• Care Home
  • Care home

Radcliffe House

Overall: Good read more about inspection ratings

26 Eastfields, Radcliffe, Manchester, Lancashire, M26 4QE (0161) 724 7738

Provided and run by:
Nestlings Care Ltd

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Background to this inspection

Updated 15 February 2019

We carried out this inspection under Section 60 of the Health and Social Care Act 2008 as part of our regulatory functions. This inspection was planned to check whether the provider is meeting the legal requirements and regulations associated with the Health and Social Care Act 2008, to look at the overall quality of the service, and to provide a rating for the service under the Care Act 2014.

This was an announced inspection and was conducted by one adult social care inspector on 22 January 2019.

We requested and received a PIR. This is a form that asks the provider to give some key information about the service, what the service does well and any improvements they plan to make.

Before our inspection visit we reviewed the information we held about the service. This included notifications the provider had made to us. Notifications tell us about any incidents or events that affect people who use the service. We also asked Bury Healthwatch and local authority for their views of the service and they did not have any concerns.

We spoke with one person who used the service, the registered manager, the provider, a psychologist, an occupational therapist, a trained nurse and two care staff members. The two people accommodated at the home had complex autistic/mental health needs and were being supported to attain as much independence as they could achieve. One person did not want to talk to us and we respected their wishes.

During our inspection we observed the support provided by staff in communal areas of the home. We looked at the care and medicines administration records for two people who used the service. We also looked at the recruitment, training and supervision records for three members of staff, minutes of meetings and a variety of other records related to the management of the service.

Overall inspection


Updated 15 February 2019

Radcliffe house is a three bedroomed semi-detached property in a residential area offering young people transition back into the community as part of their recovery pathway. Young people have varying support depending on their rehabilitation needs.

The service had a registered manager. A registered manager is a person who has registered with the CQC to manage the service. Like registered providers, they are 'registered persons'. Registered persons have legal responsibility for meeting the requirements in the Health and Social Care Act 2008 and associated Regulations about how the service is run.

The service was first registered in February 2018. This is the first rated inspection for this service.

The service used the local authority safeguarding procedures to report any safeguarding concerns. Staff had been trained in safeguarding topics and were aware of their responsibilities to report any possible abuse.

Recruitment procedures were robust and ensured new staff were safe to work with vulnerable adults. There were sufficient staff to meet people’s needs.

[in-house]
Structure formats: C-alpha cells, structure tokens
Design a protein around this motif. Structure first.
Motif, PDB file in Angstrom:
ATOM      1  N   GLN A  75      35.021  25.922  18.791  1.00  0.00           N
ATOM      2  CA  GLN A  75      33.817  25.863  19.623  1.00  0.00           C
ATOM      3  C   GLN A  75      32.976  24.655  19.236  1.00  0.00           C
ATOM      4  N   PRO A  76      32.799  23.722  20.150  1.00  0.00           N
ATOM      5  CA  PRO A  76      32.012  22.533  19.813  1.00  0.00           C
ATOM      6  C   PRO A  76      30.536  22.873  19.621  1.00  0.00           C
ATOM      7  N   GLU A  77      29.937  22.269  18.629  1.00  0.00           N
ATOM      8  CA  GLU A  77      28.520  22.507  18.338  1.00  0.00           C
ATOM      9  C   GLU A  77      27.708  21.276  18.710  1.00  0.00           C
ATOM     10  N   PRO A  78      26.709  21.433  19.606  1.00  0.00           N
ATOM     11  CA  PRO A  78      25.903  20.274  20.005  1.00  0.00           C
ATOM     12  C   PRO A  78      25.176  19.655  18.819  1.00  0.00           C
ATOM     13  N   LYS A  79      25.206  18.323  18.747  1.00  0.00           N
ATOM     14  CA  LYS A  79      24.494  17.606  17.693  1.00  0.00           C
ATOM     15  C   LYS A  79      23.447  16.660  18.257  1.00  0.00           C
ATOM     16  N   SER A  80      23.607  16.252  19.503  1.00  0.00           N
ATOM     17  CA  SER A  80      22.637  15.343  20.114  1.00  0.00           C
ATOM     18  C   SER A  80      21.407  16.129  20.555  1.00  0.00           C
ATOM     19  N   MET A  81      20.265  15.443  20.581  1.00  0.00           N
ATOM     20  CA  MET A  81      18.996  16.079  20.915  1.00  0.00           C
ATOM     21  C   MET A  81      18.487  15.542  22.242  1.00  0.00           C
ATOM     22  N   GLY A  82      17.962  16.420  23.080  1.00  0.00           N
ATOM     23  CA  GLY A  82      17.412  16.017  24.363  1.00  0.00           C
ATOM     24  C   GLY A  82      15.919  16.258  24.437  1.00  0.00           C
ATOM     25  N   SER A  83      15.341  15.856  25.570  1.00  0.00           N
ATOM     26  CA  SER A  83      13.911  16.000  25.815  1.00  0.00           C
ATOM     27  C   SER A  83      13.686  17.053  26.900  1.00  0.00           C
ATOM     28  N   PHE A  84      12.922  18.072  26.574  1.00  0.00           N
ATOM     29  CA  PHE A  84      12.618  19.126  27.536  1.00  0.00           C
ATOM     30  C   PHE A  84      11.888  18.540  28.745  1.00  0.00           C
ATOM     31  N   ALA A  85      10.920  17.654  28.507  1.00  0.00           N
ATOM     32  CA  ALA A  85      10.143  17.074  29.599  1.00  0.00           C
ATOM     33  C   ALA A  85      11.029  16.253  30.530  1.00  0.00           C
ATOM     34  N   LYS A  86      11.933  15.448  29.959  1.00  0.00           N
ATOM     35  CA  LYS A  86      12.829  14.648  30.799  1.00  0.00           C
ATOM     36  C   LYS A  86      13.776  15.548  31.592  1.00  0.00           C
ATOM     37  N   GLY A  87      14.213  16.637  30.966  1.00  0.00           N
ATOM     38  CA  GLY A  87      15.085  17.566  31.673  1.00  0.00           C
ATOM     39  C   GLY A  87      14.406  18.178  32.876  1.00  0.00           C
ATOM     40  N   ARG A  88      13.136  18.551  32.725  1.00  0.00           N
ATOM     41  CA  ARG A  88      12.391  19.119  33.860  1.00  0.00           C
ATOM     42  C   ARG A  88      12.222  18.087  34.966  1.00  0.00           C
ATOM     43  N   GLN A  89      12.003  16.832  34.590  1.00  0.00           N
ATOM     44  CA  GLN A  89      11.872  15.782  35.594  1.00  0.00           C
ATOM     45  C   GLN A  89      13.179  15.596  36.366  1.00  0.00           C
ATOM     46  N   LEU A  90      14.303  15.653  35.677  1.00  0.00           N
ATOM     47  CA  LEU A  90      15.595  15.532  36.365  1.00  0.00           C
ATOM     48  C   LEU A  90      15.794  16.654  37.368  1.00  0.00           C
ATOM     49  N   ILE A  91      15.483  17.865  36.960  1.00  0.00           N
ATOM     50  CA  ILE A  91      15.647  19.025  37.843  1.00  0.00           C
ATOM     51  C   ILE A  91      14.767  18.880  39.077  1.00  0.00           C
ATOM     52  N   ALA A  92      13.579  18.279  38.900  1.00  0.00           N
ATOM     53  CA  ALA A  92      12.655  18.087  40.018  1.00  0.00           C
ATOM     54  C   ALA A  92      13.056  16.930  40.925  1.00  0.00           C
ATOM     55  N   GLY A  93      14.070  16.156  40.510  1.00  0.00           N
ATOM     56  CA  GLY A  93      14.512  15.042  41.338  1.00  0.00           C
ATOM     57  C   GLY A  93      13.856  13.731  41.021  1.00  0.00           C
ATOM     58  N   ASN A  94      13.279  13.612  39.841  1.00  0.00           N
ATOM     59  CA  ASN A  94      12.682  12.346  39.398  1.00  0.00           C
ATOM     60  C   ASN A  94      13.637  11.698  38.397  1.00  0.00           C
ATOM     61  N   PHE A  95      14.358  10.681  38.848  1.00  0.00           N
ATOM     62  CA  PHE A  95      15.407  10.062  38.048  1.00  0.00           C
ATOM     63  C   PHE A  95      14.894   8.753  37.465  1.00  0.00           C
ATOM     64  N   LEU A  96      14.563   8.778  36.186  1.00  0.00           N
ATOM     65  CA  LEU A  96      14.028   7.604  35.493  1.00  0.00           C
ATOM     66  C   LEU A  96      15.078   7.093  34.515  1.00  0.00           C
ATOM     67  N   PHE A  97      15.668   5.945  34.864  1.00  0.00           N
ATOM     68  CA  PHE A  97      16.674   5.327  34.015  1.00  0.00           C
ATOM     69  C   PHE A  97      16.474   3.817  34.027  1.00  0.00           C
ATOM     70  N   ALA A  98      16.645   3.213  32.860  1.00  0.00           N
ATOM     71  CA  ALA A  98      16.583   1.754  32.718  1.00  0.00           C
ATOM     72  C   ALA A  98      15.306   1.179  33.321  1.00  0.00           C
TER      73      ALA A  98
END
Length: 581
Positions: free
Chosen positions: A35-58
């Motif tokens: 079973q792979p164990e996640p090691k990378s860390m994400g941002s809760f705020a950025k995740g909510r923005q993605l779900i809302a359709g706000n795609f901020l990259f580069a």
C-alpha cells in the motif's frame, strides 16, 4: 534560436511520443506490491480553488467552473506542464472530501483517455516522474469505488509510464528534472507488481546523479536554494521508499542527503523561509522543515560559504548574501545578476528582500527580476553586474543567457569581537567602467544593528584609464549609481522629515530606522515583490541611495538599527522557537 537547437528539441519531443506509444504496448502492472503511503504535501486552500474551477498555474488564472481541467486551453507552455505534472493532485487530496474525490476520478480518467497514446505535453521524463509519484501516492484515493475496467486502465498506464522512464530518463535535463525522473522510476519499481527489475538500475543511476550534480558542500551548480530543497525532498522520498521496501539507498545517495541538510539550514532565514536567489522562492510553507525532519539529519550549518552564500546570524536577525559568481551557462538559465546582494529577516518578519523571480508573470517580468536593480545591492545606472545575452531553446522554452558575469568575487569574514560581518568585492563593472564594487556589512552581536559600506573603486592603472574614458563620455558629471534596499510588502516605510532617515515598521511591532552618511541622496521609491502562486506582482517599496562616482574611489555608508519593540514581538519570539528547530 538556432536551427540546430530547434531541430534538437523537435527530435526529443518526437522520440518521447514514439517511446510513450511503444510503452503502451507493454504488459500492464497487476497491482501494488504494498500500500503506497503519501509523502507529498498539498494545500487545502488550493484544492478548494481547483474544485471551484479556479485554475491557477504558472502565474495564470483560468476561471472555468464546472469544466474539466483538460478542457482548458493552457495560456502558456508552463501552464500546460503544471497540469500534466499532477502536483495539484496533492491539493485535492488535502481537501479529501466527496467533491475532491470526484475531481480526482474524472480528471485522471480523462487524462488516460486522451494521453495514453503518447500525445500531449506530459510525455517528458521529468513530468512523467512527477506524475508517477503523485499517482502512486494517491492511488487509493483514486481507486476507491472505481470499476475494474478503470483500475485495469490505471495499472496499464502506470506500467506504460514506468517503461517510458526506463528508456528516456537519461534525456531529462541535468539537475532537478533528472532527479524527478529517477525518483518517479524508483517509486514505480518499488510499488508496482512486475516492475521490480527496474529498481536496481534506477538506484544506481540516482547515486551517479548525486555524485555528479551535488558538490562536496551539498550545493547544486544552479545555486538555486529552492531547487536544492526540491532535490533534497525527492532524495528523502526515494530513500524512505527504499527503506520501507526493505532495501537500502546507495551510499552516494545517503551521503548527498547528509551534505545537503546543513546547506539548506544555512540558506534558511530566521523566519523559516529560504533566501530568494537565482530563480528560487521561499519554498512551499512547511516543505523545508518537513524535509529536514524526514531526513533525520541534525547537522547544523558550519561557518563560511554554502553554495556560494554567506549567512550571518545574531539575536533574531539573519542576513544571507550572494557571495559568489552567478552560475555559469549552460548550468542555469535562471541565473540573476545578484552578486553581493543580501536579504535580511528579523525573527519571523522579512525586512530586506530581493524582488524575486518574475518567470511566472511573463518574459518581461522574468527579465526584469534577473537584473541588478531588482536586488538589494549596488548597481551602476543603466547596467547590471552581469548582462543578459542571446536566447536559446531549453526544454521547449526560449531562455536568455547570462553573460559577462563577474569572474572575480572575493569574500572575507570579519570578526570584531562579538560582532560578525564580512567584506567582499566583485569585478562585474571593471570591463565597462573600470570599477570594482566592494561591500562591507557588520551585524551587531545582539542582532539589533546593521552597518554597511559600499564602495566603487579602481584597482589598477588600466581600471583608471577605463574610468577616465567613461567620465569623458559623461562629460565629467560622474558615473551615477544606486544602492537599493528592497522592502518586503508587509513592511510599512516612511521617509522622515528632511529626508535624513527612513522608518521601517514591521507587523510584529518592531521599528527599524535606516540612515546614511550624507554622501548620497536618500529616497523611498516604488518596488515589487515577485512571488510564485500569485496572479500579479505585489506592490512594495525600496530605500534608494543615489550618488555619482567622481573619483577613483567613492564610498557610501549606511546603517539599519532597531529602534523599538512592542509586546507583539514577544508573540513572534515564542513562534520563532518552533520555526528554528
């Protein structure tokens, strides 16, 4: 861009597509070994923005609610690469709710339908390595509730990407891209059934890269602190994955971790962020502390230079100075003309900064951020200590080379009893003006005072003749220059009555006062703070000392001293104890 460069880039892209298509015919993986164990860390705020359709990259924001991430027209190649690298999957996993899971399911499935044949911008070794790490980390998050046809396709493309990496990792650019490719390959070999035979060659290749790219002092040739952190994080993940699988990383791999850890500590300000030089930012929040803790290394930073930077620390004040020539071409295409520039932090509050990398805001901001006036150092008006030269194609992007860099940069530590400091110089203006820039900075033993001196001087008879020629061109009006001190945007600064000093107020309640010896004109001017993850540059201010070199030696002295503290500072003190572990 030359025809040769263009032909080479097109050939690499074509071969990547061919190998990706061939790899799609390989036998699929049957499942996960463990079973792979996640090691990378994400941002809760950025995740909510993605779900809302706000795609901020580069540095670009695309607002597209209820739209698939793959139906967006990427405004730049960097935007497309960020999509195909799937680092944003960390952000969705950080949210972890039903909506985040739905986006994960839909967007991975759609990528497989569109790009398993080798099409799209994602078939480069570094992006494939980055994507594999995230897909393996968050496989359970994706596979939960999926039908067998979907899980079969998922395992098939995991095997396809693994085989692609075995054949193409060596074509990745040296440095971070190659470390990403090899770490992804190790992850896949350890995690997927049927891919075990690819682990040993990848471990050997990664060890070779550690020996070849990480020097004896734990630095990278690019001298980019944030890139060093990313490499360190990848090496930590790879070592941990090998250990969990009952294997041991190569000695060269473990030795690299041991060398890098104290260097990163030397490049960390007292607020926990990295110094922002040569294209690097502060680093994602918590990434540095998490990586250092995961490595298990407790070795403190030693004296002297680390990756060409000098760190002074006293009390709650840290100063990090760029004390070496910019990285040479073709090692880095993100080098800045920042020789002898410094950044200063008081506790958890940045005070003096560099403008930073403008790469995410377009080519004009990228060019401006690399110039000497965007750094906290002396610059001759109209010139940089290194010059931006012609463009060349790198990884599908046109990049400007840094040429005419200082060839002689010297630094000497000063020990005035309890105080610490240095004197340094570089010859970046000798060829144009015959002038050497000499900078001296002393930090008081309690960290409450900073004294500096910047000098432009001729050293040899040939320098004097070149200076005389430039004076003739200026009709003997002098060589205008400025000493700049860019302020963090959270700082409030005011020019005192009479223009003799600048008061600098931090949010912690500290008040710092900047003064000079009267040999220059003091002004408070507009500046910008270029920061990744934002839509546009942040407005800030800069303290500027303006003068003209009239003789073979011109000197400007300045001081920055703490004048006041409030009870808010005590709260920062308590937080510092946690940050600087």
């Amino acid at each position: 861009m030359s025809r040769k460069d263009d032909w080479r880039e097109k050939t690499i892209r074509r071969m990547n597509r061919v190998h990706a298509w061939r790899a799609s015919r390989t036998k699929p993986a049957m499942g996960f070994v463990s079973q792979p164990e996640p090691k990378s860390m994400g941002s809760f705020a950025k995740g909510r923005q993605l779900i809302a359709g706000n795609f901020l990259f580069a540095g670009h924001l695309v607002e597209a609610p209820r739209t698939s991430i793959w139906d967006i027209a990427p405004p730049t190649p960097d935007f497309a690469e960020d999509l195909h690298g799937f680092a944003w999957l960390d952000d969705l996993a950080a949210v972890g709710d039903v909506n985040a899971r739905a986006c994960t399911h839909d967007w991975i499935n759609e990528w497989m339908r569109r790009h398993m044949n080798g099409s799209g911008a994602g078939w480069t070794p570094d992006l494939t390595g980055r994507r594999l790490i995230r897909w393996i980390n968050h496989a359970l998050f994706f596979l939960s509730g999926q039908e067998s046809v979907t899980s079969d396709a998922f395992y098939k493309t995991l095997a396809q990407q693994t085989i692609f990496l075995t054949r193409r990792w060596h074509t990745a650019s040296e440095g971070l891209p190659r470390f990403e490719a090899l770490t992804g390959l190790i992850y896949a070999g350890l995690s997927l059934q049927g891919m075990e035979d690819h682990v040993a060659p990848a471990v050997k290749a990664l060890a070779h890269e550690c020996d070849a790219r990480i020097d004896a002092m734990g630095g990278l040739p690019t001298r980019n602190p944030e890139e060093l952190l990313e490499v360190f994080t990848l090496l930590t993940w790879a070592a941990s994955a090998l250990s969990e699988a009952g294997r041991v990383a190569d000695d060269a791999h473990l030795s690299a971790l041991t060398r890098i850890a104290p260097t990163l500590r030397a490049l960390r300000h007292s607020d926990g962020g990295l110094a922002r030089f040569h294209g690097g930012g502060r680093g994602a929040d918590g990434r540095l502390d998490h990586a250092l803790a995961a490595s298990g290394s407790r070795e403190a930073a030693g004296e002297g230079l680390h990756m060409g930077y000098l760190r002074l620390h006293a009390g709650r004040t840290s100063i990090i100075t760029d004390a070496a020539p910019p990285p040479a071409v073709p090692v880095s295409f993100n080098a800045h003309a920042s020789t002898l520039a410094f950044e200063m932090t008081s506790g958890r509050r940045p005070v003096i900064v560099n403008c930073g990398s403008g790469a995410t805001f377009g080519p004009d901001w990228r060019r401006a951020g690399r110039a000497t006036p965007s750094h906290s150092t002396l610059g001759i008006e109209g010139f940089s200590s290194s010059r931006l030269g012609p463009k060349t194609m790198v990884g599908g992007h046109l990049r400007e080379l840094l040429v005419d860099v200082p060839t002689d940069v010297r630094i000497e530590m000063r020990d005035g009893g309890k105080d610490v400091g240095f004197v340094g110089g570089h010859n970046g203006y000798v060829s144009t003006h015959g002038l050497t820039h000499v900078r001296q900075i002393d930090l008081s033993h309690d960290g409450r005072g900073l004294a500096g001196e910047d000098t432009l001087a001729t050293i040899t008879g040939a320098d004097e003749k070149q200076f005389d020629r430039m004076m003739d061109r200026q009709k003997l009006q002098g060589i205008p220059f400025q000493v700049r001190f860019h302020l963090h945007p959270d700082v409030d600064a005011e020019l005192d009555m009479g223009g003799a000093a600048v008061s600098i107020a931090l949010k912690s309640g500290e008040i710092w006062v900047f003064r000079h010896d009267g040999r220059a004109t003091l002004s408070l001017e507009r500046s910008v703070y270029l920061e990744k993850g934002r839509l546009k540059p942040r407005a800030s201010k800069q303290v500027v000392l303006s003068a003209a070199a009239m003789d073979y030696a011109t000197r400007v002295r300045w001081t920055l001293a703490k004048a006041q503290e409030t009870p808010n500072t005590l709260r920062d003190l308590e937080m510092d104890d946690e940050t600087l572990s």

The administration of medicines was safe. Staff had been trained in the administration of medicines and had up to date policies and procedures to follow.

The home was clean, tidy and homely in character. Staff were trained in the prevention and control of infection to help protect the health and welfare of people who used the service.

Electrical and gas appliances were serviced regularly. Each person had a personal emergency evacuation plan (PEEP) and there was a business contingency plan for any unforeseen emergencies.

People were given choices in the food they ate and supported to shop and cook for themselves. People were encouraged to eat and drink to ensure they were hydrated and well fed.

Staff had been trained in the Mental Capacity Act 2005 (MCA) and the Deprivation of Liberty Safeguards (DoLS).

New staff received induction training to provide them with the skills to care for people. Staff files and training records showed staff had undertaken sufficient training to meet the needs of people and they were supervised regularly to check their competence. Supervision sessions also gave staff the opportunity to discuss their work and ask for any training they felt necessary.

We observed there were good interactions between staff and people who used the service.

We saw from our observations of staff and records that people who used the service were given choices in many aspects of their lives and helped to remain independent where possible.

We saw that the quality of care plans gave staff sufficient information to look after people accommodated at the care home. Plans of care were individual, person centred and reviewed regularly to help meet their health and social care needs.

We saw that people could take part in activities of their choice and families and friends were able to visit when they wanted.

Audits and meetings helped maintain and improve standards of service provision.

People thought the registered manager was approachable and supportive. There were systems to audit the quality of service provision.

There were staff with recognised professional qualifications to provide care and support for people who used the service and advice for staff to follow good practice.